The addition of bevacizumab to a chemotherapy regimen was well tolerated in this elderly population, with only a trend towards significance for hypertension (Table 2) in patients treated with bevacizumab; the incidence of all other adverse events was comparable with those receiving chemotherapy alone. Hence, the argument that greater toxicity is observed in elderly patients receiving bevacizumab is not supported by the findings of this meta-analysis.

The efficacy and tolerability results observed in this meta-analysis are in agreement with findings from the phase III AVEX trial, which reported a clinically significant benefit of adding bevacizumab to low doses of capecitabine (2000 mg/m2/day) in patients aged ≥ 70 years not deemed suitable for treatment with chemotherapy doublets. Patients with a median age of 76–77 years gained a 4-month PFS benefit (HR: 0.53, 95% CI: 0.41–0.69; p < 0.001) and a clinically, but not statistically, significant OS benefit of 3.9 months (HR: 0.79, 95% CI: 0.57–1.09; p = 0.182) with bevacizumab plus capecitabine versus capecitabine alone [7]. Recently, data from a single-arm Japanese phase 2 trial, including 55 patients with mCRC, were published, demonstrating that the oral fluoropyrimidine UFT combined with biweekly bevacizumab is a tolerable and effective treatment option for elderly patients [9]. Similarly, a pooled analysis of four randomised clinical studies comparing elderly with younger mCRC patients showed that the addition of bevacizumab to chemotherapy provided comparable PFS and OS benefits in medically fit older patients [24]. Furthermore, in the randomised AGITG MAX study, the improvement in PFS observed when bevacizumab was added to the existing chemotherapy regimen was similar in those patients ≥ 75 years of age compared with younger patients [25]. However, not all studies evaluating the effect of age on mCRC treatment outcome with chemotherapy plus a monoclonal antibody have reported similar outcomes in the two age groups. For example, in a US observational cohort study (Avastin® Registry: Investigation of Effectiveness and Safety; ARIES), there were slight reductions in PFS (10.3 vs. 9.9 months) and OS (25.1 vs. 19.6 months) in mCRC patients ≥ 70 years compared with those < 70 years of age receiving bevacizumab and chemotherapy in the first-line setting; interestingly though, PFS (7.9 vs. 7.9 months) and OS (18.7 vs. 17.2 months) did not differ in the second-line setting when comparing the two age groups [26, 27].

There are a number of limitations of this meta-analysis at both the study and outcome level that need to be addressed. There is the risk of bias in the findings, with incomplete retrieval of clinical data from all of the identified research generating a potential bias towards those studies that have shared their data. It is also feasible that as elderly patients increase in age they might also have a poorer general prognosis and certainly have a higher probability of non-tumor-related death, which could confound the results somewhat. The primary goal of the study was to provide sufficient data both for the use of bevacizumab as well as for the use of either cetuximab or panitumumab in combination with first-line chemotherapy in elderly patients. However, we did not receive data from a sufficient number of studies/patients receiving one of these anti-EGF-receptor antibodies in combination with first-line chemotherapy. Therefore, further analyses on the use of anti-EGF-receptor based regimen in elderly patients with mCRC are necessary.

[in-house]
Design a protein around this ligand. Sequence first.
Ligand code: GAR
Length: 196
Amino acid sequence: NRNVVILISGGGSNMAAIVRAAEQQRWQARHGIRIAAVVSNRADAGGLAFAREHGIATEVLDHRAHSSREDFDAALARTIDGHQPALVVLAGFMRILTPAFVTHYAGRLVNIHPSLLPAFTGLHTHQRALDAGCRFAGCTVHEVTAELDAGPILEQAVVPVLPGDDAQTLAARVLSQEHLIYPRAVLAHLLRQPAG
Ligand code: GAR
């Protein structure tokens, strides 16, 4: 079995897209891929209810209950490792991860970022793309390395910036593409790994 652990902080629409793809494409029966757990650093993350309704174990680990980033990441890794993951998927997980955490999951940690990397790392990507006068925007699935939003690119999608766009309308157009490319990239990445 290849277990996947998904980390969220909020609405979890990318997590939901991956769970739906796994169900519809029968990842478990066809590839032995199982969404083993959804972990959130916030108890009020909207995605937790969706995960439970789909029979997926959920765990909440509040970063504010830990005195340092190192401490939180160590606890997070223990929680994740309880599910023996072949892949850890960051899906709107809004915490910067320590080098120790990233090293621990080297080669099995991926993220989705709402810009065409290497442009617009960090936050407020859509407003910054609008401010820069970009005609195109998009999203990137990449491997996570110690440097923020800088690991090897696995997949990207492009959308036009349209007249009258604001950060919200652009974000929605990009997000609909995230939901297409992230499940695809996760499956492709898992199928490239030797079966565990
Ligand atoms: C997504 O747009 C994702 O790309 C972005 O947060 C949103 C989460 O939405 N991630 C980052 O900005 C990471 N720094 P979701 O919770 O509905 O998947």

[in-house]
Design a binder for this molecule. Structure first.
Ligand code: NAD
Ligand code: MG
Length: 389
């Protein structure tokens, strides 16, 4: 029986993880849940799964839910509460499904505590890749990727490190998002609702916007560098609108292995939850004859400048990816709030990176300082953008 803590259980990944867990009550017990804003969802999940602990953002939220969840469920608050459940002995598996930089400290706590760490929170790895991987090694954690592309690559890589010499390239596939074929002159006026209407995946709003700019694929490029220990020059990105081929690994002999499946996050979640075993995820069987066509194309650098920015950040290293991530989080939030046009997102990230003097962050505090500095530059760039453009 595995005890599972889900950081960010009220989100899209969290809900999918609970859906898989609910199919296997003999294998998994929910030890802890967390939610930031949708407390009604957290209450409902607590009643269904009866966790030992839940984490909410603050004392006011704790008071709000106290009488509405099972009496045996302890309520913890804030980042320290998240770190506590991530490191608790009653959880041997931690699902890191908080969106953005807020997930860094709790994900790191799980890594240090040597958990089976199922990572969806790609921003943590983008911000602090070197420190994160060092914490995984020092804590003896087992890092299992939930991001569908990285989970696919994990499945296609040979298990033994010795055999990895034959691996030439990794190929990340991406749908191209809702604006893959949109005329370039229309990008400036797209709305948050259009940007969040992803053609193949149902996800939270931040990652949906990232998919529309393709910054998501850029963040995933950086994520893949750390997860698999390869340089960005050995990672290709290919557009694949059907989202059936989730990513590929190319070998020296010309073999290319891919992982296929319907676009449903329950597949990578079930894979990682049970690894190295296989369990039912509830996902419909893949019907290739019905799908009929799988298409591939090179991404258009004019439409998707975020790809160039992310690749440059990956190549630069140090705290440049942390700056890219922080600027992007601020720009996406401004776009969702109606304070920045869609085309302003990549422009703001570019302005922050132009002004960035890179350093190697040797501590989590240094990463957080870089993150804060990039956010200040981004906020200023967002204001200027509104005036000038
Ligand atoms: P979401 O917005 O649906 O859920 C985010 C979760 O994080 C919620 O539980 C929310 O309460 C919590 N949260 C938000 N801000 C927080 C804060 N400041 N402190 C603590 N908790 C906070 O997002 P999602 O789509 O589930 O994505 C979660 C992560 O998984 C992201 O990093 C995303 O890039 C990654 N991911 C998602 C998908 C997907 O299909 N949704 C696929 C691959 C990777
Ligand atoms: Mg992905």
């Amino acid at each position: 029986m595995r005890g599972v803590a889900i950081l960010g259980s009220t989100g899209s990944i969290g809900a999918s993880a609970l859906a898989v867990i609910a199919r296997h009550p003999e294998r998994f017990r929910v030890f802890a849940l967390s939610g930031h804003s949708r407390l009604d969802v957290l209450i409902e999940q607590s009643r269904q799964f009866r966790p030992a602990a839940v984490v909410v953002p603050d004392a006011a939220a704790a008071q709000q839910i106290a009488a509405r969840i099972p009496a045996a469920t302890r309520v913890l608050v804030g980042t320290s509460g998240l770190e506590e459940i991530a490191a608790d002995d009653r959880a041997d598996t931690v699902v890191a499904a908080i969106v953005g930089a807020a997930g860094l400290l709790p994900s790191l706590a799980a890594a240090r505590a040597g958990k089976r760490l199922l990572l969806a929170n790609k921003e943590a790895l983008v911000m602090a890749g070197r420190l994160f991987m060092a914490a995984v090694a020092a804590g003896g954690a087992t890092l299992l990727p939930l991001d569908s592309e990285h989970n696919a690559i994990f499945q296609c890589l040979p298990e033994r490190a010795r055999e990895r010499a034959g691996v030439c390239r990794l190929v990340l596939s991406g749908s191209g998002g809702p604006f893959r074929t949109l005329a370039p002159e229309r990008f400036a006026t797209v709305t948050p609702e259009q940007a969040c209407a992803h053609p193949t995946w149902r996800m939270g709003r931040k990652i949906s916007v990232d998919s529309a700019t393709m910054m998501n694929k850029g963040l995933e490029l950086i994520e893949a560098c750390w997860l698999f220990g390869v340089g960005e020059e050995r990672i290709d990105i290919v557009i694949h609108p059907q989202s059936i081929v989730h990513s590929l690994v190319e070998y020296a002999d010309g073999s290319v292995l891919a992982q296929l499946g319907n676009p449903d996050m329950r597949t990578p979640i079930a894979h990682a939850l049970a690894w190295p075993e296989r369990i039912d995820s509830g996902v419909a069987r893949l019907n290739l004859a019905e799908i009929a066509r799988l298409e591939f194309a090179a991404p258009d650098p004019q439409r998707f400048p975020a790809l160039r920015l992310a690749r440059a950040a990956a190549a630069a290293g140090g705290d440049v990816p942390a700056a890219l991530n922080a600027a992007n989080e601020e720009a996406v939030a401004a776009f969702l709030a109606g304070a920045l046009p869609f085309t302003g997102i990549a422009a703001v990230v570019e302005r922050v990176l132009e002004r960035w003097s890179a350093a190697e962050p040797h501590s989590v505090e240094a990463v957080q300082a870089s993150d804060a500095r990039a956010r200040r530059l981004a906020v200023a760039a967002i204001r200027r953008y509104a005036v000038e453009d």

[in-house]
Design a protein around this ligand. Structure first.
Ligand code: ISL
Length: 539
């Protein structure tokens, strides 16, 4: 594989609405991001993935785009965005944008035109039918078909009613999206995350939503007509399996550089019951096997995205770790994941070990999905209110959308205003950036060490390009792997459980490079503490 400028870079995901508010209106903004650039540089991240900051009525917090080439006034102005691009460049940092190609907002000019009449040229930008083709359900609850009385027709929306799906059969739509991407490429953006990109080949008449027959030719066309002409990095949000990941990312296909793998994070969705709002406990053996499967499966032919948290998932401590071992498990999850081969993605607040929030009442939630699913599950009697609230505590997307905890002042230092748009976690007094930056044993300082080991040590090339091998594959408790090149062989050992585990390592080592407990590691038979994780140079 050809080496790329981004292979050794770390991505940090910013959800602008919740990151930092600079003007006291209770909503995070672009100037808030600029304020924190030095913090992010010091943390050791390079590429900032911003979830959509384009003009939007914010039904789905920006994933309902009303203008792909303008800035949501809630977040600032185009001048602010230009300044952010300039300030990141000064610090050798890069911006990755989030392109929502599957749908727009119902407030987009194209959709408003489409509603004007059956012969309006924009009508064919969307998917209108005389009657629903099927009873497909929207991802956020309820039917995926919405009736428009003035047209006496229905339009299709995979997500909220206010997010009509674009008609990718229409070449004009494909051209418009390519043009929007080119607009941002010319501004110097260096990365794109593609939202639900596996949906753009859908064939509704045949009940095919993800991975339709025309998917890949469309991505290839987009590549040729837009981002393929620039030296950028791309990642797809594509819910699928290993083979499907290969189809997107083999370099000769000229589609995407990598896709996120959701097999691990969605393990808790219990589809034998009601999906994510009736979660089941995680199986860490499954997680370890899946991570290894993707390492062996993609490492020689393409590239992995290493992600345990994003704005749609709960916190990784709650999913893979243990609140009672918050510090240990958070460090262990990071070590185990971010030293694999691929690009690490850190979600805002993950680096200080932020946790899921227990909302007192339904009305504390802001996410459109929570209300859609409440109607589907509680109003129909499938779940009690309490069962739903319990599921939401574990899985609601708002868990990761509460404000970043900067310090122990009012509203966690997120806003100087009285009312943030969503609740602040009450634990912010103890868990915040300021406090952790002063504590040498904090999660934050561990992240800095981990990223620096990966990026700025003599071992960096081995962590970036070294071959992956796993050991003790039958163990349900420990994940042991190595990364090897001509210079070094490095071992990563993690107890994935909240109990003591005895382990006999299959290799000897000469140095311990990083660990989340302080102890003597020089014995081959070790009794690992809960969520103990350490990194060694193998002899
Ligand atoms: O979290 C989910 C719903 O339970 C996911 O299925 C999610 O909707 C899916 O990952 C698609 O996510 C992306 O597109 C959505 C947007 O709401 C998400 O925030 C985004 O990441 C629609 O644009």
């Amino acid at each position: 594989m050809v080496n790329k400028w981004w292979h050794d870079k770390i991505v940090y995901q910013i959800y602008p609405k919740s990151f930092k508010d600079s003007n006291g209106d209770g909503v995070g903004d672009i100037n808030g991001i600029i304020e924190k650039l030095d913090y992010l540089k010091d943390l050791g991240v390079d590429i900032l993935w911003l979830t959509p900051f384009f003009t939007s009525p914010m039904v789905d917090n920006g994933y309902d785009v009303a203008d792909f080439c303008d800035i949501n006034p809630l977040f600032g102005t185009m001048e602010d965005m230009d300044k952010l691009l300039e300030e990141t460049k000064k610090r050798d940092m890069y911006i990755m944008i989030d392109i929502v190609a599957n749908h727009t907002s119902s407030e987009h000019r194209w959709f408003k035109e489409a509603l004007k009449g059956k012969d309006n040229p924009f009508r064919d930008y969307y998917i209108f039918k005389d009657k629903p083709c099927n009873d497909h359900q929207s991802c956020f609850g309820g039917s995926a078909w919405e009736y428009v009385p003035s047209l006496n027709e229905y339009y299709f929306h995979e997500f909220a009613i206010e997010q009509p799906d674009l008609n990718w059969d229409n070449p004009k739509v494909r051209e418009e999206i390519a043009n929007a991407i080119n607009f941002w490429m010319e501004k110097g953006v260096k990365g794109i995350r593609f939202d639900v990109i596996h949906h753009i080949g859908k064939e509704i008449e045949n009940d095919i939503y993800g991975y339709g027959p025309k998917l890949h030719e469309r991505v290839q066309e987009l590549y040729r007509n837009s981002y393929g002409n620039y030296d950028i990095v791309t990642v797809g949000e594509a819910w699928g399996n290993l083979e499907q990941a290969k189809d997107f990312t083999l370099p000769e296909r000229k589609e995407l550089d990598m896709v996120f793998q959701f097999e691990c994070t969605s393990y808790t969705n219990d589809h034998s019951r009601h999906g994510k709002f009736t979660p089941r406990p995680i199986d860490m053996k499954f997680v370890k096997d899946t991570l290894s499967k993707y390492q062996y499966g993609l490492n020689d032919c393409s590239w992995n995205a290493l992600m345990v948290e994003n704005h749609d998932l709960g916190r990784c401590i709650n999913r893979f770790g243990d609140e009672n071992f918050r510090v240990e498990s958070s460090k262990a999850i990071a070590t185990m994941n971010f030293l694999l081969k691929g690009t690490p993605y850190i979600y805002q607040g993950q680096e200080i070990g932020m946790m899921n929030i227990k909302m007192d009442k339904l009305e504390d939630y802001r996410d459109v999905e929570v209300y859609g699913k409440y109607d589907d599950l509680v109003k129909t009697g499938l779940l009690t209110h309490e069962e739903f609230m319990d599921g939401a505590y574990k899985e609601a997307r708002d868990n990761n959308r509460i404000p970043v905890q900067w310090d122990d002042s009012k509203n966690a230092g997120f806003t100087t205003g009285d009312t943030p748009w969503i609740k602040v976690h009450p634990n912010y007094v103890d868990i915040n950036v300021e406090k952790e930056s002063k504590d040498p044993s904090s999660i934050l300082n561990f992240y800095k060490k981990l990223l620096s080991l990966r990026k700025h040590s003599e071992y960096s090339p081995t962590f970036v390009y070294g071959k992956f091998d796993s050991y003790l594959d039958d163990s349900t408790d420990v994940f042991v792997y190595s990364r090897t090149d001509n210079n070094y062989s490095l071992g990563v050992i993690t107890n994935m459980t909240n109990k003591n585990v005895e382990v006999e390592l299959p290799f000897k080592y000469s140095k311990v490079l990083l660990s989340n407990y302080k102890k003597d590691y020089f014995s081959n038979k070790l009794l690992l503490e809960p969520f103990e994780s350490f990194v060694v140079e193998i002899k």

In conclusion, elderly patients with mCRC are frequently underrepresented in clinical trials. Published phase II and III clinical trials that evaluated monoclonal antibodies plus chemotherapy did not include subgroup analyses of elderly patients [32, 33, 34] or showed an unfavourable outcome of patients older than 75 years for FOLFOX plus anti-EGF-receptor antibodies [35]. A pooled analysis of studies with bevacizumab suggested a benefit for patients older than 65 years, however only PFS was superior [36]. In real-life the majority of patients with mCRC are older than 65 years and undertreatment in this large cohort of patients just based on age must be avoided. While each patient should be considered on an individual basis, the results of this meta-analysis suggest that the addition of bevacizumab to a first-line chemotherapy regimen improves clinical outcome in elderly patients while remaining well tolerated. Further studies are warranted with recruitment of patients of an appropriate age in clinical trials that better reflects incidence rates of the disease in the general population.

MATERIALS AND METHODS

Protocol and registration

This individual patient data based meta-analysis was planned in advance; however, the protocol has not been published and the meta-analysis has not been registered.

Inclusion and exclusion criteria

Inclusion criteria: controlled, comparator phase II or III studies that included patients aged ≥ 70 years, with Eastern Cooperative Oncology Group Performance Status (ECOG PS) ≤ 1 and previously untreated mCRC; patients received standard first-line chemotherapy with or without a monoclonal antibody (bevacizumab, cetuximab, panitumumab [cetuximab and panitumumab only if the KRAS status was known at study start]).

Exclusion criteria: retrospective cohort studies, observational studies, previous treatment for liver metastases, off-label therapies, second-line or subsequent regimens, adjuvant therapy, combination with multiple antibodies in all treatment arms.

Search strategy and data extraction

PubMed and the Cochrane Library were searched using the following terms: (colorectal [title] AND cancer [title] AND bevacizumab [title]); (colorectal [title] AND cancer [title] AND cetuximab [title]); and (colorectal [title] AND cancer [title] AND panitumumab [title]). The Cochrane Library was searched using the following terms: (colorectal [Title, Abstract, Keywords] AND cancer [Title, Abstract, Keywords] AND bevacizumab [Title, Abstract, Keywords]); (colorectal [Title, Abstract, Keywords] AND cancer [Title, Abstract, Keywords] AND cetuximab [Title, Abstract, Keywords]); and (colorectal [Title, Abstract, Keywords] AND cancer [Title, Abstract, Keywords] AND panitumumab [Title, Abstract, Keywords]).